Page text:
Saturday, April 9, 2011 | 7:05 p.m.
Beyond the Sun
Jeffery Watkins’ family was shocked when the physically-fit father and probation officer was diagnosed last fall with acute myelogenous leukemia, a cancer that impacts blood and bone marrow.
But while Watkins waits for a life-saving bone marrow transplant, his family was helping organize a drive on Saturday to get more people signed up to be marrow donors.
Watkins, 45, grew up in West Las Vegas, attended UNLV and has worked for the county’s Juvenile Justice Services for 20 years.
The father of three was active, regularly jogging and lifting weights, but when he went to his doctor because his feet were swelling, he learned he had a deadly cancer without almost no symptoms. He was immediately sent to the hospital and has been undergoing chemotherapy.
“At this point, it’s just about stabilizing him until the next step, which is the transplant,” said his sister, Dereatha Watkins.
Unfortunately, Watkins’ siblings weren’t a match and cannot donate marrow for him, so he becomes one of the 6,000 people waiting for a matching donor.
Because Watkins is black, his odds of finding a donor are reduced. While there are 9 million people registered with the National Marrow Donor Program, 73 percent are white, and when it comes to finding a marrow donor, race is key, said the program’s Oscar Correa.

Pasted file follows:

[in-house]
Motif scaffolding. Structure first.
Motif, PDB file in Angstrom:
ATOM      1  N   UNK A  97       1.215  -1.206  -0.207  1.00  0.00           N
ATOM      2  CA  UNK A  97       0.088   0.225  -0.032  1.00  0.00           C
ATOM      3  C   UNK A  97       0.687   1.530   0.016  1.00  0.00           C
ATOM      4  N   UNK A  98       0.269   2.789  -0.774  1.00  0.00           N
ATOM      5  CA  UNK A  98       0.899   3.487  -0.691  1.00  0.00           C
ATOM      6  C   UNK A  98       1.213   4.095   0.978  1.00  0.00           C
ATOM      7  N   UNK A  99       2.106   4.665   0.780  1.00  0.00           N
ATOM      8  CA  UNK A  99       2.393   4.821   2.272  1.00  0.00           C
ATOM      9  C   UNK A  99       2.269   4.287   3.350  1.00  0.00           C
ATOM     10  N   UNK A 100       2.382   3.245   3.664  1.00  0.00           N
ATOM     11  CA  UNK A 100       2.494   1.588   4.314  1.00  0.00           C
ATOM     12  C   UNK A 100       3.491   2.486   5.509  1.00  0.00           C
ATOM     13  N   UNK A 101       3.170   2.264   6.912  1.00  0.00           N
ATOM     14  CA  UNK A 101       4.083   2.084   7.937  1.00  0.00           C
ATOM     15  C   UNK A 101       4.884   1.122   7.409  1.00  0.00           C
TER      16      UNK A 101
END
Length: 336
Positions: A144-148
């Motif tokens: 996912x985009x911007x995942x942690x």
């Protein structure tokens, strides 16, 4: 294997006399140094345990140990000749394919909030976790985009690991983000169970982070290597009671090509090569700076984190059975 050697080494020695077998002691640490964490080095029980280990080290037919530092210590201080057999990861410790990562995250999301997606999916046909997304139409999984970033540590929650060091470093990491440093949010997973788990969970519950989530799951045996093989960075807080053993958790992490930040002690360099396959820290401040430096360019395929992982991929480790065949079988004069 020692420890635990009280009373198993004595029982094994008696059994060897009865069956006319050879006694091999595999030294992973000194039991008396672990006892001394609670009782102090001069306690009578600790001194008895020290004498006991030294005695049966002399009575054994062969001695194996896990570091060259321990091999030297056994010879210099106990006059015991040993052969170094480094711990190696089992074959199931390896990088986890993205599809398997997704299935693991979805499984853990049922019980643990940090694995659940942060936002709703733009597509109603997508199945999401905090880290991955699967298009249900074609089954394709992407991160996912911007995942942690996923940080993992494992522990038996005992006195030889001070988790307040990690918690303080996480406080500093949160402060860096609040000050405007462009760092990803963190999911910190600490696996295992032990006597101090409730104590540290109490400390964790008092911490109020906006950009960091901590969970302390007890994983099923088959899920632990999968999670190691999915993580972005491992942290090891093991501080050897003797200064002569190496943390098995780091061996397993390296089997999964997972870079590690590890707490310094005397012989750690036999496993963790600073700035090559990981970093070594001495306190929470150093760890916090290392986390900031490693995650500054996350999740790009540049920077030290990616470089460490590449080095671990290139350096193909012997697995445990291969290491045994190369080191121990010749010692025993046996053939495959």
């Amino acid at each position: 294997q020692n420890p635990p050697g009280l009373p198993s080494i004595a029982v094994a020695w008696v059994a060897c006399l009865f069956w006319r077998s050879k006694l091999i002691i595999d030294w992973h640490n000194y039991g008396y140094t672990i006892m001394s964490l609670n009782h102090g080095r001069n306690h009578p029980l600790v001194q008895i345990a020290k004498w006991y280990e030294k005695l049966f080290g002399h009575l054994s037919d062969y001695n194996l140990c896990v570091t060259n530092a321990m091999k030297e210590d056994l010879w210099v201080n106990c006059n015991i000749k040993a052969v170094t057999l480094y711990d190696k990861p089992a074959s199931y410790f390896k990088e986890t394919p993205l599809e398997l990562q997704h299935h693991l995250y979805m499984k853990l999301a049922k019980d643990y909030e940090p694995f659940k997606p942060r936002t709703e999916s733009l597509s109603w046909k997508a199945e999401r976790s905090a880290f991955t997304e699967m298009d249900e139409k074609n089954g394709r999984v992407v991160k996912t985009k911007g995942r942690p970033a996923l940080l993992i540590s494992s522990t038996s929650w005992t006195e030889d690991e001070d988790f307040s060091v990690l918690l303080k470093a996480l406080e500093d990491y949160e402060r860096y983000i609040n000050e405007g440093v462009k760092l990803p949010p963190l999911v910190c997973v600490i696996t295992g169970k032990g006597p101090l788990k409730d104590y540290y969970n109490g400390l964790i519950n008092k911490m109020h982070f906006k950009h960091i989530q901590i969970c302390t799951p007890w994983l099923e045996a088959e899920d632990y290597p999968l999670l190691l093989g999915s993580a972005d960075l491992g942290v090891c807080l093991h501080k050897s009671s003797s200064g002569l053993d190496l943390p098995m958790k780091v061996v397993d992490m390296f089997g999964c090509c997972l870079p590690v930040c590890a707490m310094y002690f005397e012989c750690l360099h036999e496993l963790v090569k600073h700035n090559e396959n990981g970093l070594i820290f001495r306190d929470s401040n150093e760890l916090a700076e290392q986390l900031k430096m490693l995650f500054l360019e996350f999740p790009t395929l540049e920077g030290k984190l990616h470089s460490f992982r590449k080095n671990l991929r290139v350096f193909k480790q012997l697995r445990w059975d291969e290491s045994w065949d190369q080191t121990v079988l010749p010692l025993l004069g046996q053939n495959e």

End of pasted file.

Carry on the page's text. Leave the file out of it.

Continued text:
“Race matters in the matching process. That’s why we’re here in the black community,” Correa said.
Watkins’ family worked with the donor program and the Steven L. Pearson Leukemia Foundation, a Phoenix-based group that works with blacks with leukemia, to hold a donor drive Saturday at the Pearson Community Center in West Las Vegas.
In the first hour alone, more than 30 people signed up for the registry and were swabbed for a tissue sample to be tested. It’s simple and painless — “and you could save somebody’s life,” Correa said.
Even if no donor is found for Watkins at the event, everyone who participates will be part of the national registry and could potentially be a match for someone else.
“It doesn’t matter where they are from, as long as they get on the registry,” said Stephanie Pearson, who started the foundation after her husband died from leukemia.
While bone marrow transplants used to require the donor to be put under anesthesia for a surgical procedure, most donations now use stem cells from the donor’s blood, and donating is similar to a regular blood donation, Correa said.
Leon Porter works with Watkins and was at the event. “I saw his kids grow up. Now they need black donors, and I’m just doing my part,” he said.
Beverly Scott saw a poster advertising the drive at work and decided to sign up.
“I always wanted to. I just haven’t. So when I saw the poster, I made it a priority,” she said.
While the donation drive was only one day, anyone can go to the registry website to sign up and send a tissue sample through the mail.
Watkins’ wife, Connie, said life has been difficult since the diagnosis, but she is grateful for the support she has received.
“It’s been hectic, balancing work the kids, him in the hospital,” she said. “But we’re doing it with all the prayers and support of the community.”
While her husband was the absent face of the drive, the real goal is building the national registry, she said. “We just want to get as many people as we can,” she said.